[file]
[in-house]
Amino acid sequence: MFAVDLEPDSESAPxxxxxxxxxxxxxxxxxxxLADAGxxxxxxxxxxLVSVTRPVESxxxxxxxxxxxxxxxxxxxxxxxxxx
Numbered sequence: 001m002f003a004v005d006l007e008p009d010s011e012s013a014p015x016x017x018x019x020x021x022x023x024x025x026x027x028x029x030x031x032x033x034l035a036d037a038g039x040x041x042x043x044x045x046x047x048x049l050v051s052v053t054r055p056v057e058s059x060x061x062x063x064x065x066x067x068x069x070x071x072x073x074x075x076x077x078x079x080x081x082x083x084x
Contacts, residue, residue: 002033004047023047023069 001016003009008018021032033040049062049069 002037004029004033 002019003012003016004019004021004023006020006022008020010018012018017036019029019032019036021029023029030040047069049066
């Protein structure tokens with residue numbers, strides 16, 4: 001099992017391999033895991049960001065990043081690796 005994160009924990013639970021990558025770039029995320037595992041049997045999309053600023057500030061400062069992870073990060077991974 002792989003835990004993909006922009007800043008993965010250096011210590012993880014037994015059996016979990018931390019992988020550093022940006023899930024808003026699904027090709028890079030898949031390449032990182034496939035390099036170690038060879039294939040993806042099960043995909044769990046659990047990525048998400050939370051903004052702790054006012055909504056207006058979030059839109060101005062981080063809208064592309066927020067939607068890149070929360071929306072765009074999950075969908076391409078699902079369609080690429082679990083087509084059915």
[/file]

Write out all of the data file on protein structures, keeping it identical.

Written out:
[in-house]
Amino acid sequence: MFAVDLEPDSESAPxxxxxxxxxxxxxxxxxxxLADAGxxxxxxxxxxLVSVTRPVESxxxxxxxxxxxxxxxxxxxxxxxxxx
Numbered sequence: 001m002f003a004v005d006l007e008p009d010s011e012s013a014p015x016x017x018x019x020x021x022x023x024x025x026x027x028x029x030x031x032x033x034l035a036d037a038g039x040x041x042x043x044x045x046x047x048x049l050v051s052v053t054r055p056v057e058s059x060x061x062x063x064x065x066x067x068x069x070x071x072x073x074x075x076x077x078x079x080x081x082x083x084x
Contacts, residue, residue: 002033004047023047023069 001016003009008018021032033040049062049069 002037004029004033 002019003012003016004019004021004023006020006022008020010018012018017036019029019032019036021029023029030040047069049066
């Protein structure tokens with residue numbers, strides 16, 4: 001099992017391999033895991049960001065990043081690796 005994160009924990013639970021990558025770039029995320037595992041049997045999309053600023057500030061400062069992870073990060077991974 002792989003835990004993909006922009007800043008993965010250096011210590012993880014037994015059996016979990018931390019992988020550093022940006023899930024808003026699904027090709028890079030898949031390449032990182034496939035390099036170690038060879039294939040993806042099960043995909044769990046659990047990525048998400050939370051903004052702790054006012055909504056207006058979030059839109060101005062981080063809208064592309066927020067939607068890149070929360071929306072765009074999950075969908076391409078699902079369609080690429082679990083087509084059915």